And the problems with the law do not stop there. The Office of Inspector General for the Department of Agriculture and the GAO identified examples of programs misusing taxpayer dollars, raising serious concerns about whether or not we are actually assisting those in need.
As we work to reauthorize federal child nutrition programs, we must find solutions that will ensure taxpayer dollars are well spent and children are well served. We know developing a one-size-fits-all approach is not the answer. More mandates and more money aren’t the answer either. Instead, we should look to improve these programs by giving states and school districts the flexibility they need to fulfill the promise of child nutrition assistance.
Duke Storen from the not-for-profit organization Share Our Strength advised at a recent hearing, “It’s critical … to remove bureaucratic barriers and create efficiencies that will allow us to reach those kids who currently go without.” I look forward to discussing how we can achieve just that without imposing more burdens on our schools.
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The president’s appointees at the NLRB have undermined employee free choice through an ambush election scheme, stifled employee freedom through micro-unions, and restricted employee access to secret ballot union elections. Now the board is setting its sights on the freedom and choice provided to employees under state right-to-work laws.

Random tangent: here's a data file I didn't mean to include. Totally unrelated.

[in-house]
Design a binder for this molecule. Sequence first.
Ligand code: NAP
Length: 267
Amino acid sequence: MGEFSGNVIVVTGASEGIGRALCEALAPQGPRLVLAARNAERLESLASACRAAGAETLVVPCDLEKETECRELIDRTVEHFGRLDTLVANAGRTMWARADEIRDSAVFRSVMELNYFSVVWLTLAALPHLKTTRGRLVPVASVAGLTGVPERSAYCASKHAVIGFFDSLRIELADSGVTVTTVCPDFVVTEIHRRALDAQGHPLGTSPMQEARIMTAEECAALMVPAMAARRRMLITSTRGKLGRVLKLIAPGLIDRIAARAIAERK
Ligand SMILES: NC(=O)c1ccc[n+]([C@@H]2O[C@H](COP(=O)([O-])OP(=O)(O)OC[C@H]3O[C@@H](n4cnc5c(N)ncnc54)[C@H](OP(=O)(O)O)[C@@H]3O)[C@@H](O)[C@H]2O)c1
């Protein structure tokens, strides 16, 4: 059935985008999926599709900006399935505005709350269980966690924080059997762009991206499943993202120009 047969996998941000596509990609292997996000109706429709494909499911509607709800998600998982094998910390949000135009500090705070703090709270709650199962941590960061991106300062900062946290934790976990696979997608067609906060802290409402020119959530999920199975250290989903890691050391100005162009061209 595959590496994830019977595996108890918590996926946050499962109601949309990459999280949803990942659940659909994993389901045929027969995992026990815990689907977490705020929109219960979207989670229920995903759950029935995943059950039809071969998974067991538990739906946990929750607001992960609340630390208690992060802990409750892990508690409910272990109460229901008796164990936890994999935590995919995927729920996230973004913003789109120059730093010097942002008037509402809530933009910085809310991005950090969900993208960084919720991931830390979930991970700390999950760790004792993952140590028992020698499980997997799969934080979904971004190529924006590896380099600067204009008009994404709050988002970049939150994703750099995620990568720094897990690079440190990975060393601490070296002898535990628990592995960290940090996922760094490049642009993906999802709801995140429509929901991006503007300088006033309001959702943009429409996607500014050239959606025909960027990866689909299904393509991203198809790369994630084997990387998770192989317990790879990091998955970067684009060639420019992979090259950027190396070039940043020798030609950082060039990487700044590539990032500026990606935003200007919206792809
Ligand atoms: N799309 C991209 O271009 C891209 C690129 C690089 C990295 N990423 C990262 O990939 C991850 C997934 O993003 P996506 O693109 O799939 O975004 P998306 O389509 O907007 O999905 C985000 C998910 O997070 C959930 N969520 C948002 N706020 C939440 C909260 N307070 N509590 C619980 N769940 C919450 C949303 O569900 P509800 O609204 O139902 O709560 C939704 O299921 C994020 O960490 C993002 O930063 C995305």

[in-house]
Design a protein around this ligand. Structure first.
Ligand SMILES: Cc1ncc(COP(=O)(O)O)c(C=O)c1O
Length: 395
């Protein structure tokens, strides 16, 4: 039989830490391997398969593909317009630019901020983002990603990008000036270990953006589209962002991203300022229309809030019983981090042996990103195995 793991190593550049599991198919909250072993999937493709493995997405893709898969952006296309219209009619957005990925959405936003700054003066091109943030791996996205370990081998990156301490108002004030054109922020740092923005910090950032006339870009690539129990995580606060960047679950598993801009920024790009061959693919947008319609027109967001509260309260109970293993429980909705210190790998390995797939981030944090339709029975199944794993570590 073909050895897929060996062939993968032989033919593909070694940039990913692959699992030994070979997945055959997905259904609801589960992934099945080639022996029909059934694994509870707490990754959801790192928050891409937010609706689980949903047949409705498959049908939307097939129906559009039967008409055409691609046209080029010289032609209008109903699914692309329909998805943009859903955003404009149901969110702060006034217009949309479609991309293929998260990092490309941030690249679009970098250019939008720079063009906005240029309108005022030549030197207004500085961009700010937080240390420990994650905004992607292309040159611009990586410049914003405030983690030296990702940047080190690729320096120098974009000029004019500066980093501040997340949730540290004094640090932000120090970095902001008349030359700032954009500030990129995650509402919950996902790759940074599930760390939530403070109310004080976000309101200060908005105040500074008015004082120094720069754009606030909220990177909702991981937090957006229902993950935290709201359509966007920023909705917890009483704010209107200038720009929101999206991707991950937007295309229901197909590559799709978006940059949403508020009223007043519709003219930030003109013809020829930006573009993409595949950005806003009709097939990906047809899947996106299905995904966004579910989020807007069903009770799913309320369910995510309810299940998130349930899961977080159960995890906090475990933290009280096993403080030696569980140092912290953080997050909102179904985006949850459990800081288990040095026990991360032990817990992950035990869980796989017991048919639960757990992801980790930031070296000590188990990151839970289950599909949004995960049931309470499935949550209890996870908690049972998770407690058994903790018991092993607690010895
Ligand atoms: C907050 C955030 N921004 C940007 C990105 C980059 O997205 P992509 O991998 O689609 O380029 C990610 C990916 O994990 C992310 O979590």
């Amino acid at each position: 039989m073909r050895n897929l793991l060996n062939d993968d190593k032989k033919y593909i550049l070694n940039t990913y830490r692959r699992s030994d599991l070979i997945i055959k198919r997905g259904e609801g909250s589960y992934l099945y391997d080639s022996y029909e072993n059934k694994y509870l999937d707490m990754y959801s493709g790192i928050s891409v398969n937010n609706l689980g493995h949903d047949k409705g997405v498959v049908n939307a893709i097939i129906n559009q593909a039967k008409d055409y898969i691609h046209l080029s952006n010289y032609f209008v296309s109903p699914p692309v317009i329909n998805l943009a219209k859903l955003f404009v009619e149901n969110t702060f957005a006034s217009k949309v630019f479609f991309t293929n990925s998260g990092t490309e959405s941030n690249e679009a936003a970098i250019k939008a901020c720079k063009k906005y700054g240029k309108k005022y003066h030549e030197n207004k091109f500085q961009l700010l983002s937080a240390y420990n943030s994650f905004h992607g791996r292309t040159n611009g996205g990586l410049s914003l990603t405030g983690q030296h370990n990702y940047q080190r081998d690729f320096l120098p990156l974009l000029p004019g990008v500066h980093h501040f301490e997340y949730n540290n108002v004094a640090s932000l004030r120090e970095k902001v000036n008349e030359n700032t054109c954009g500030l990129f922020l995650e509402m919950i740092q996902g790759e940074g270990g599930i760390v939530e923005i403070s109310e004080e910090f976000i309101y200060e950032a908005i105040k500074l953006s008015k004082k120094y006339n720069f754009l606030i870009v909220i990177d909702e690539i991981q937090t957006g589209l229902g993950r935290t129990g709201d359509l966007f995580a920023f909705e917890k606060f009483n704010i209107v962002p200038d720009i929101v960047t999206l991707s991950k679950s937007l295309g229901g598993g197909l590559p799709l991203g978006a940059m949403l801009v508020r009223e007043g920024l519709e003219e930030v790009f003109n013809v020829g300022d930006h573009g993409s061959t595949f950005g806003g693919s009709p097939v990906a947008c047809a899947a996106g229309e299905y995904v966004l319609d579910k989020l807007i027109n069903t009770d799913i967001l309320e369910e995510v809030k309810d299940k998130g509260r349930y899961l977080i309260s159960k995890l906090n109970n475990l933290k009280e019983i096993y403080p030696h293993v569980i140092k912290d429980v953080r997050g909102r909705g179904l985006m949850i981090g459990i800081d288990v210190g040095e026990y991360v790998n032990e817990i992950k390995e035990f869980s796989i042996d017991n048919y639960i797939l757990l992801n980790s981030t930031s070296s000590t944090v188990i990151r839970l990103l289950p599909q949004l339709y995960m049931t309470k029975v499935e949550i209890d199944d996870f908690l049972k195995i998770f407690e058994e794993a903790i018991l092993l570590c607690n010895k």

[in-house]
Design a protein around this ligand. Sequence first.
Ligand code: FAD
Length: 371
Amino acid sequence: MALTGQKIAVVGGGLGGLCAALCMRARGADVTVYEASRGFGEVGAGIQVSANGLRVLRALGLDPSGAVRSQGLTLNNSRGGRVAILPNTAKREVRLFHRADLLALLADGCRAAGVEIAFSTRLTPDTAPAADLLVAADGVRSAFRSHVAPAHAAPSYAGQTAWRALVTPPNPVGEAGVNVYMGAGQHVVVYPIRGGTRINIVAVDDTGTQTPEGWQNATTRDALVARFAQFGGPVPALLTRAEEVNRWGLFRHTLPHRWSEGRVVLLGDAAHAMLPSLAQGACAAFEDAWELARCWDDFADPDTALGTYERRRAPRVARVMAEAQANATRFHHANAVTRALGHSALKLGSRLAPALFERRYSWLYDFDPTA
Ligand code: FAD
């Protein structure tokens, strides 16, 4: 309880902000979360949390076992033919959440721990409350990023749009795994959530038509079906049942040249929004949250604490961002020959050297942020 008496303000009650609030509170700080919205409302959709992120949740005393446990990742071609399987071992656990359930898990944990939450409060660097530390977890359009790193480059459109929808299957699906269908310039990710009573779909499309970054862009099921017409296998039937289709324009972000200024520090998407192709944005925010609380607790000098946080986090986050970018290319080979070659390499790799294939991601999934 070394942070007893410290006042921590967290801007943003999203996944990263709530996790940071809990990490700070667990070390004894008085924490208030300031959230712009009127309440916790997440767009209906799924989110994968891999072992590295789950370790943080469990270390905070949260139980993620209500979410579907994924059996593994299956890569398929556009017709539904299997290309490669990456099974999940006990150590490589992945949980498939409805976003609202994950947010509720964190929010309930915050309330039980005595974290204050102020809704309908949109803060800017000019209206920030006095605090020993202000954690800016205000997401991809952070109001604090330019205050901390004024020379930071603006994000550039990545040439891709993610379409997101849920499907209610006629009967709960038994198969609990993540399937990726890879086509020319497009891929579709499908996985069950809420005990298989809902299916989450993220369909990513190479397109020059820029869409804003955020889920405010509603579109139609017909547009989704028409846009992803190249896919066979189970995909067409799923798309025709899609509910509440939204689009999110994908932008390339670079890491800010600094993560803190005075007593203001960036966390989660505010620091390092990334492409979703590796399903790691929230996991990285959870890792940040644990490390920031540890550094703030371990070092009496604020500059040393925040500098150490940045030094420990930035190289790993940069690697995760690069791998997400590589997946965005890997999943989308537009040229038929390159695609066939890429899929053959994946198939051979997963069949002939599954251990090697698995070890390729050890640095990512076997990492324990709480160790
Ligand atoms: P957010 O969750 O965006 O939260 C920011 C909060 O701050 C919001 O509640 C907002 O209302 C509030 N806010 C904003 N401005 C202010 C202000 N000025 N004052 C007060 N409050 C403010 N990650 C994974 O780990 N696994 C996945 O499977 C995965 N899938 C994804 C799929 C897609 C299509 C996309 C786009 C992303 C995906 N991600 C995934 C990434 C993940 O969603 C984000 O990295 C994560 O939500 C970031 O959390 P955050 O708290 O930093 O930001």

Chairman Kline’s remarks were delivered at a hearing that examined an NLRB effort to force nonunion employees in right-to-work states to pay union grievance fees. Just like every other Big Labor scheme, the board’s unprecedented attack on right to work will ultimately end up hurting workers the most. As the following press reports highlight, Wednesday’s hearing revealed a number of ways the board’s actions would harm the nation’s workers and workplaces:
The Obama administration must decide whether it will continue to be at the beck and call of its Big Labor allies, or protect the rights of America's workers. As Chairman Kline argued during the hearing, “Every worker has a fundamental right to decide whether or not to join a union. Those who decide not to join a union shouldn’t be punished for that decision, especially when the punishment denies a worker the chance to provide for his or her family.”